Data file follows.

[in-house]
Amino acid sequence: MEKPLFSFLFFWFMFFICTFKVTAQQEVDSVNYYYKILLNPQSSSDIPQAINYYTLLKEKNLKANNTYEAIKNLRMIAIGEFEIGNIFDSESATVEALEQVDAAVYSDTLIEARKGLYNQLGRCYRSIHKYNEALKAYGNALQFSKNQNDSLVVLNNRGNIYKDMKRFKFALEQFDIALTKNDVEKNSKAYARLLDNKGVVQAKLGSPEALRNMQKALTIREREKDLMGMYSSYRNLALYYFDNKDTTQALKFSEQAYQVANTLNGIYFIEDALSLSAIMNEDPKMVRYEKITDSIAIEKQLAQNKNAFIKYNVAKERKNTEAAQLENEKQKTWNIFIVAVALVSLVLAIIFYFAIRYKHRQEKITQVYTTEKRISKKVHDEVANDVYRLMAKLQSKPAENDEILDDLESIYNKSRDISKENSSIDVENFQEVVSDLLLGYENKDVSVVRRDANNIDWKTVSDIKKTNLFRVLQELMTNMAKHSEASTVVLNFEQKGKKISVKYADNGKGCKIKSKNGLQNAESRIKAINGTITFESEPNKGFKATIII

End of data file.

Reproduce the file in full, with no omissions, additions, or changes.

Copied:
[in-house]
Amino acid sequence: MEKPLFSFLFFWFMFFICTFKVTAQQEVDSVNYYYKILLNPQSSSDIPQAINYYTLLKEKNLKANNTYEAIKNLRMIAIGEFEIGNIFDSESATVEALEQVDAAVYSDTLIEARKGLYNQLGRCYRSIHKYNEALKAYGNALQFSKNQNDSLVVLNNRGNIYKDMKRFKFALEQFDIALTKNDVEKNSKAYARLLDNKGVVQAKLGSPEALRNMQKALTIREREKDLMGMYSSYRNLALYYFDNKDTTQALKFSEQAYQVANTLNGIYFIEDALSLSAIMNEDPKMVRYEKITDSIAIEKQLAQNKNAFIKYNVAKERKNTEAAQLENEKQKTWNIFIVAVALVSLVLAIIFYFAIRYKHRQEKITQVYTTEKRISKKVHDEVANDVYRLMAKLQSKPAENDEILDDLESIYNKSRDISKENSSIDVENFQEVVSDLLLGYENKDVSVVRRDANNIDWKTVSDIKKTNLFRVLQELMTNMAKHSEASTVVLNFEQKGKKISVKYADNGKGCKIKSKNGLQNAESRIKAINGTITFESEPNKGFKATIII